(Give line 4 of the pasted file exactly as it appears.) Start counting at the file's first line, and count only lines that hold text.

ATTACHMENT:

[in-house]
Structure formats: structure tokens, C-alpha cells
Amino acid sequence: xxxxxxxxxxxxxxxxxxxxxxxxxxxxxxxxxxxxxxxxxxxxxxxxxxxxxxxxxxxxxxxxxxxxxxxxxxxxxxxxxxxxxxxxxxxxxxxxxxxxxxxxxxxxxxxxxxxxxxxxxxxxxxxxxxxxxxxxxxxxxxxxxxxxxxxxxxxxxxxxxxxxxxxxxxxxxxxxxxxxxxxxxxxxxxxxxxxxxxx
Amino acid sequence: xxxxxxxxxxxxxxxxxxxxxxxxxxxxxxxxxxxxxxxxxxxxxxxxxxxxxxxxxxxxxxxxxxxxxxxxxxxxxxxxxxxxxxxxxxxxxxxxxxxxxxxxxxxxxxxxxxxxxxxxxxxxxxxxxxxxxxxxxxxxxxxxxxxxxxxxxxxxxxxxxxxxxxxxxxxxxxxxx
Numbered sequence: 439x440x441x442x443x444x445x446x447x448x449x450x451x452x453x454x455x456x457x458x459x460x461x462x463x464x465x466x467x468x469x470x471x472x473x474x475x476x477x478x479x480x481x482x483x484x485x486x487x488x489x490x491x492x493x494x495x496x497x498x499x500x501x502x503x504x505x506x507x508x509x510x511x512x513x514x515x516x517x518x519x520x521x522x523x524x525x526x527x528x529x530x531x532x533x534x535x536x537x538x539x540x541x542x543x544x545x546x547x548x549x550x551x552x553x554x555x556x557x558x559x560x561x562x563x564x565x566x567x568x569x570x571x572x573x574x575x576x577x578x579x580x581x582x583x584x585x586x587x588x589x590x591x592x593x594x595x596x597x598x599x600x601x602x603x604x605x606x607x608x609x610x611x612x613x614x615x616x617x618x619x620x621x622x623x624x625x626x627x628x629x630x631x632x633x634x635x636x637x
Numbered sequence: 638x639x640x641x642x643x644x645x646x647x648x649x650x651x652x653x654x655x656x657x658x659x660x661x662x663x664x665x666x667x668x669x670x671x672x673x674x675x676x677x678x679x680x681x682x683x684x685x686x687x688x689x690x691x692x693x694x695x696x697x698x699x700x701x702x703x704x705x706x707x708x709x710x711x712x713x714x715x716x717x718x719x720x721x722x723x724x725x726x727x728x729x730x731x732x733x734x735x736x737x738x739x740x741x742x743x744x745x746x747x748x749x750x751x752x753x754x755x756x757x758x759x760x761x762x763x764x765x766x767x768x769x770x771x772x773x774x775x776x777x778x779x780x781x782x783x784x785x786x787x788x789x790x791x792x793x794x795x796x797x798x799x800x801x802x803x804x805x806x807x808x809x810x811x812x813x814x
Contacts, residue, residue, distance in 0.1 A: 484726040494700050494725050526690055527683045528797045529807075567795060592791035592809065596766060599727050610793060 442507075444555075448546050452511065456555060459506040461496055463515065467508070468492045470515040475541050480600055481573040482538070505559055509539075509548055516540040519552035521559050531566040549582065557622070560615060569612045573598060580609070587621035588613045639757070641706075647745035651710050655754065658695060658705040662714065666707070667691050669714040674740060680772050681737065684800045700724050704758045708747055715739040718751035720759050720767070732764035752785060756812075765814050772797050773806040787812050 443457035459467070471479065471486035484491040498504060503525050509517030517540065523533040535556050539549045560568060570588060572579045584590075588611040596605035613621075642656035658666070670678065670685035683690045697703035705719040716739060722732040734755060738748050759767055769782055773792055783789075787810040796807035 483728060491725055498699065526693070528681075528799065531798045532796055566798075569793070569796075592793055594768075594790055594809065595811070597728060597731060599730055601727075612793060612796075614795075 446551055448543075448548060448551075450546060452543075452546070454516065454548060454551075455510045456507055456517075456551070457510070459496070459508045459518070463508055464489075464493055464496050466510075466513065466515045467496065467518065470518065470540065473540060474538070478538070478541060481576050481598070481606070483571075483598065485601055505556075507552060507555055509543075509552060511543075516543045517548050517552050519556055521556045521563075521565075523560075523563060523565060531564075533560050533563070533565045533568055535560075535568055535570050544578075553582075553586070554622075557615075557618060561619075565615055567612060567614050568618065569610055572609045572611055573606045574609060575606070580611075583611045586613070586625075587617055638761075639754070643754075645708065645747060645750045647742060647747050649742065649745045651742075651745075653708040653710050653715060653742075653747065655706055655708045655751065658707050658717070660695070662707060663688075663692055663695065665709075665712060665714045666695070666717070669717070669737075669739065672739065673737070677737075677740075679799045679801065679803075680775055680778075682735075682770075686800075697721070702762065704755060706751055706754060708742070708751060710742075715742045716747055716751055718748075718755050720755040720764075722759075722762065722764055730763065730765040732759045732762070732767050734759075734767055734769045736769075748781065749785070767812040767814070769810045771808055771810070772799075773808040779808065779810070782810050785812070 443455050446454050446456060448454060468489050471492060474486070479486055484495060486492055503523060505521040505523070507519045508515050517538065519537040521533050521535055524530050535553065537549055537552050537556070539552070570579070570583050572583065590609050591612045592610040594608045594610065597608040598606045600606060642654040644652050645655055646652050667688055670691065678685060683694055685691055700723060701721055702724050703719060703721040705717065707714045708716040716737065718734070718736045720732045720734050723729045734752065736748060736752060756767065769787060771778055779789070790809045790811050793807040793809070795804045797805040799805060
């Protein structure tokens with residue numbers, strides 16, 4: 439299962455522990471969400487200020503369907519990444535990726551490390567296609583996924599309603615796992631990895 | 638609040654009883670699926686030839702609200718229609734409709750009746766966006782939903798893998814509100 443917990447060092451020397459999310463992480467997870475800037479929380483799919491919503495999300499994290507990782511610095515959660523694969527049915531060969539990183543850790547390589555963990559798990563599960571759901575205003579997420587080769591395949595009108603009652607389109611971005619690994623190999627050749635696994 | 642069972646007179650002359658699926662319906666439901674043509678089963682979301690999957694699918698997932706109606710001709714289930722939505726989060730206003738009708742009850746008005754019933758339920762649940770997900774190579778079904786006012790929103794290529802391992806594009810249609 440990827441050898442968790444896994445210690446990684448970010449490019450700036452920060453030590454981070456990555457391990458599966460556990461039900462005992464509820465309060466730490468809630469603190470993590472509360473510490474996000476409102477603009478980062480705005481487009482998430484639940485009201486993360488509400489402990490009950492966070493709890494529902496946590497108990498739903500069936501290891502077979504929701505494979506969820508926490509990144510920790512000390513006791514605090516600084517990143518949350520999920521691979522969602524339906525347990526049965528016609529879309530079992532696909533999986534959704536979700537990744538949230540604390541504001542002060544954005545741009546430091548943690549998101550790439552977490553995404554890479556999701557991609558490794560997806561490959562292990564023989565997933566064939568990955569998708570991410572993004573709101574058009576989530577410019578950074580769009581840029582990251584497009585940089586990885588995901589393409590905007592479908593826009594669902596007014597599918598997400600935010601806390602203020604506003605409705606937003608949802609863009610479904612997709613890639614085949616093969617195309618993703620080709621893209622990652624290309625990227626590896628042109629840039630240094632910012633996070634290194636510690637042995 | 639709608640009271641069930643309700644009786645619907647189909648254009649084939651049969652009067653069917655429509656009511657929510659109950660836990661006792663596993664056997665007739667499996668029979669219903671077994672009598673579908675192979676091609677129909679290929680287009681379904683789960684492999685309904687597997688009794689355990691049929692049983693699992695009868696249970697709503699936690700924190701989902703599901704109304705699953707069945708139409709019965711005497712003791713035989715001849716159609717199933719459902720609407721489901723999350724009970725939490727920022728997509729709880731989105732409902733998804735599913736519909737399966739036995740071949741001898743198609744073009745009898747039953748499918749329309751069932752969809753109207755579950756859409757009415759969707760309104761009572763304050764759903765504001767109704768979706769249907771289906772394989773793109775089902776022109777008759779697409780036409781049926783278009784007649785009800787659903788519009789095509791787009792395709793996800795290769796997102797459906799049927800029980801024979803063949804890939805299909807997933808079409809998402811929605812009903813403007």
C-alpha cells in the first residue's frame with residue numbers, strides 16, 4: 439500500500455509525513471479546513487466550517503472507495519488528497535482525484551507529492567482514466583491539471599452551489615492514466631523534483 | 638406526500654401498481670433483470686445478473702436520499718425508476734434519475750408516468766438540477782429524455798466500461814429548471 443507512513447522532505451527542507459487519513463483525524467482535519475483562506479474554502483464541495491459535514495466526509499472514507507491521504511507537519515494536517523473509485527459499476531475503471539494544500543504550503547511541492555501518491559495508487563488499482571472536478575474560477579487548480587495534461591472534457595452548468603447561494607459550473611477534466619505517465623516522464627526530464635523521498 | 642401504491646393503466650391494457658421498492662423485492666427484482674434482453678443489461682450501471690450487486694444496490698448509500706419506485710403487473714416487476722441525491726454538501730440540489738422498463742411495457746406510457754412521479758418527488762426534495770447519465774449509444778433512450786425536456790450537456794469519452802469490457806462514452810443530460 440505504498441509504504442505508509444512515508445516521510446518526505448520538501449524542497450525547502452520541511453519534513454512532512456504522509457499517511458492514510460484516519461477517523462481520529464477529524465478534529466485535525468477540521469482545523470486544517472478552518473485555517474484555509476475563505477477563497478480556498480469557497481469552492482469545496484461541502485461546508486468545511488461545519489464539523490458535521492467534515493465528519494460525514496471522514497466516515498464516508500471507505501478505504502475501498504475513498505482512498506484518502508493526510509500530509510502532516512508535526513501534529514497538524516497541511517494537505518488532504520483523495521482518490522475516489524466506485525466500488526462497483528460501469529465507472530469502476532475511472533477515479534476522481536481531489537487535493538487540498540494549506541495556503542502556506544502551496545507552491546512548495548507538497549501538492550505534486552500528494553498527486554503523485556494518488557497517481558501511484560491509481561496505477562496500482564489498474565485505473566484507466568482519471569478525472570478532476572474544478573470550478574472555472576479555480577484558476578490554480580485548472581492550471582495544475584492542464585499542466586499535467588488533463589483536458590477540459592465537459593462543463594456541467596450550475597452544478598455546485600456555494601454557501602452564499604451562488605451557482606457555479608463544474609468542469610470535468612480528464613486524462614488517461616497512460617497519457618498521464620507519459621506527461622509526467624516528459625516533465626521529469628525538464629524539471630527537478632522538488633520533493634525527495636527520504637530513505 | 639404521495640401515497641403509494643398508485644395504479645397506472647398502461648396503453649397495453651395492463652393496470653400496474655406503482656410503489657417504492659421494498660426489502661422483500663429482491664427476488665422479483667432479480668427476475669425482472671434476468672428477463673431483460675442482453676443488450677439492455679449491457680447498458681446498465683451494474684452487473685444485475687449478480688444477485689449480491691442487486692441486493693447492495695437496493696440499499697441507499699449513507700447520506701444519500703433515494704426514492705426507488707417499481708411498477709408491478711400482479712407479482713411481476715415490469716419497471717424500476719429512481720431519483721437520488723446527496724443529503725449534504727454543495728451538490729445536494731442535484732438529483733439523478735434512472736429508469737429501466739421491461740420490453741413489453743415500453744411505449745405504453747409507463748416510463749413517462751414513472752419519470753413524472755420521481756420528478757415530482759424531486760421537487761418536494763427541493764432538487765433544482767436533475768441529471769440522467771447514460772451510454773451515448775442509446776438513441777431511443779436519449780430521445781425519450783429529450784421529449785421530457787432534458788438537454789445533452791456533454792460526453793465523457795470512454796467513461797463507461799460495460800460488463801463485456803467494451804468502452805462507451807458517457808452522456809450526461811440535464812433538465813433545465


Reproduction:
Amino acid sequence: xxxxxxxxxxxxxxxxxxxxxxxxxxxxxxxxxxxxxxxxxxxxxxxxxxxxxxxxxxxxxxxxxxxxxxxxxxxxxxxxxxxxxxxxxxxxxxxxxxxxxxxxxxxxxxxxxxxxxxxxxxxxxxxxxxxxxxxxxxxxxxxxxxxxxxxxxxxxxxxxxxxxxxxxxxxxxxxxx